Tuesday, November 22, 2011

The Day the President Was Shot

The day President John F. Kennedy was shot we lost First Lady 

Jacqueline Kennedy, who did not die on Friday, November 22, 1963, but the nation lost her as our First Lady, half of the power couple that would end Jim Crow laws in America.

Jacqueline Kennedy : Historic Conversations on Life
with John F. Kennedy Book with AUDIO Interview
8CDs Boxed set [Hardcover] [Audio CD] (Jacqueline Kennedy)

It started out as such a special day at our school. We were assembled in the auditorium to watch the television coverage of President and Mrs. Kennedy's visit to Dallas. All the students were excited because they were just up the road  from us in Dallas, so close. At the time, I was attending an overcrowded, all-black public school, established under Jim Crow, laws  and traditions, typical of the era. Because we were looking forward to the end of segregation, our enthusiasm for this young president and his wife was very high in my school, as it was in other black schools and communities across the nation. "Nearly 100 years after the Civil War was supposed to end slavery," said my grandmother, Bigmama. "It may be near."

Young people in my school and old people at home  expected President Kennedy and First Lady Jacqueline Kennedy to do something for us, to help us in some way. There was finally hope in the White House with this young and seemingly modern, forward-thinking couple, following Dwight Eisenhower, who would not commit to civil rights, except in the most superficial way.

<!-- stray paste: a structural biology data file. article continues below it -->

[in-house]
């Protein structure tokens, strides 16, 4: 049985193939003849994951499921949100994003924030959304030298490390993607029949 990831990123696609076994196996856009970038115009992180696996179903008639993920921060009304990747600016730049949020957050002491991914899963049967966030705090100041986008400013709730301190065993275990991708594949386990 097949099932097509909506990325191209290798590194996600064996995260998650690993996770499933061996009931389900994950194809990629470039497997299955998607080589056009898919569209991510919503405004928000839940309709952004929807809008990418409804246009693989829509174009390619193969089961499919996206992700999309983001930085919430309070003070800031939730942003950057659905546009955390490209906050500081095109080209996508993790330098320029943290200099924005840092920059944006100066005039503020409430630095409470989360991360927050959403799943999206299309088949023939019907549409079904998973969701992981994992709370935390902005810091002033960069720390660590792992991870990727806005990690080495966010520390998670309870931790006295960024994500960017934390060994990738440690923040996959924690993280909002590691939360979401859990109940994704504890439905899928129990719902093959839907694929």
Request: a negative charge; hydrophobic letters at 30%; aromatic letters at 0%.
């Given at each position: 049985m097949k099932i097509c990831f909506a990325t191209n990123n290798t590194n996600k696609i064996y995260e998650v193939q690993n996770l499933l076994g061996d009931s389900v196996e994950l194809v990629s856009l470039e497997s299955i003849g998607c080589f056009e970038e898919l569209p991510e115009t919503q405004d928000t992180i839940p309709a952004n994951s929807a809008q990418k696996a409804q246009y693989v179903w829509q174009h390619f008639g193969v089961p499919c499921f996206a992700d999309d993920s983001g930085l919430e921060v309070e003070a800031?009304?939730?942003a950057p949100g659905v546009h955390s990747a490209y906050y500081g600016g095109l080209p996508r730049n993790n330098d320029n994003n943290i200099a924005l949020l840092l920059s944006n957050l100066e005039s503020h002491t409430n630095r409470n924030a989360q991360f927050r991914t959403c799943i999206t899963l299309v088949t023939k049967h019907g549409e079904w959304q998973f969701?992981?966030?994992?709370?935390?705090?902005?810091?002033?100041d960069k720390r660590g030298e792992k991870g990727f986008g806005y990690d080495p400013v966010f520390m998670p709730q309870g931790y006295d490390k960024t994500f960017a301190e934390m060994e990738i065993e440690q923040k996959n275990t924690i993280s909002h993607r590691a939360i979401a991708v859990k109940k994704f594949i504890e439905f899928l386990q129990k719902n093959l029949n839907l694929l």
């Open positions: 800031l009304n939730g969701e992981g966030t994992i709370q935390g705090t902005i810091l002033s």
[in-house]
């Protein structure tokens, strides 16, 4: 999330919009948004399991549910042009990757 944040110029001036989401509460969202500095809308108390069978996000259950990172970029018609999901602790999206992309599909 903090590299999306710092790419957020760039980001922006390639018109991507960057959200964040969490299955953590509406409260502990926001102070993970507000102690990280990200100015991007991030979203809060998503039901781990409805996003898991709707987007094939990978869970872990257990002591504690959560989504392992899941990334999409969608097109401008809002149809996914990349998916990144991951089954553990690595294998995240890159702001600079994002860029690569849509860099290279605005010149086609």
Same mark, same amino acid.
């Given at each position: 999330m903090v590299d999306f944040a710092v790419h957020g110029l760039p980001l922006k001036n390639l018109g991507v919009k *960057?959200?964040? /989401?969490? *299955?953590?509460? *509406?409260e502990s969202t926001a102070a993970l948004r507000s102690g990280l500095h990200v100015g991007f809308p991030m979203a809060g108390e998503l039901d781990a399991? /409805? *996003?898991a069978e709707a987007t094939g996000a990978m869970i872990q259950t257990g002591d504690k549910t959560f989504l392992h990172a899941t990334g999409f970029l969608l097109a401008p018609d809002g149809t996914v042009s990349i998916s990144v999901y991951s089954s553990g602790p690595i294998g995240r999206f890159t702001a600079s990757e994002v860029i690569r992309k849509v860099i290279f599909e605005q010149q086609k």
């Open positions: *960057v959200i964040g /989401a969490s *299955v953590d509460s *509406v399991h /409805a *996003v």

Down with the old ways of thinking about race, we thought. and in with new race relations in America. We saw the end to Jim Crow in focus. When I think back on it, we kids were far too optimistic about our future. But that did not stop us from preparing for it. We studied, read and dreamed higher than our parents permitted themselves to dream. We kids thought it was time for change, especially after Rosa Parks, the Montgomery Bus Boycott, the Woolworth Sit-ins, the Freedom Riders and other demonstrations. We even questioned our parents about their lack of ambition. We were so dumb that we did not see the road our parents had prepared for us.

As kids, we were not sure what form the President and First Lady's help would take, but we had our expectations that President Kennedy would help us get rid of Jim Crow laws and that his the First Lady would encourage him in this endeavor. We kids knew Jim Crow laws were meant to keep us in a certain place in society. "A low place," my grandmother said.

The white only and colored only signs of segregation, cloaked in antiquated separate but equal laws meant to keep the races apart, were painted on and hung in every public building and city park in town, and ours was not the only town in America that was segregated. In addition, segregation in housing, employment, education and other services were segregated in most of the rest of the nation's cities and small towns.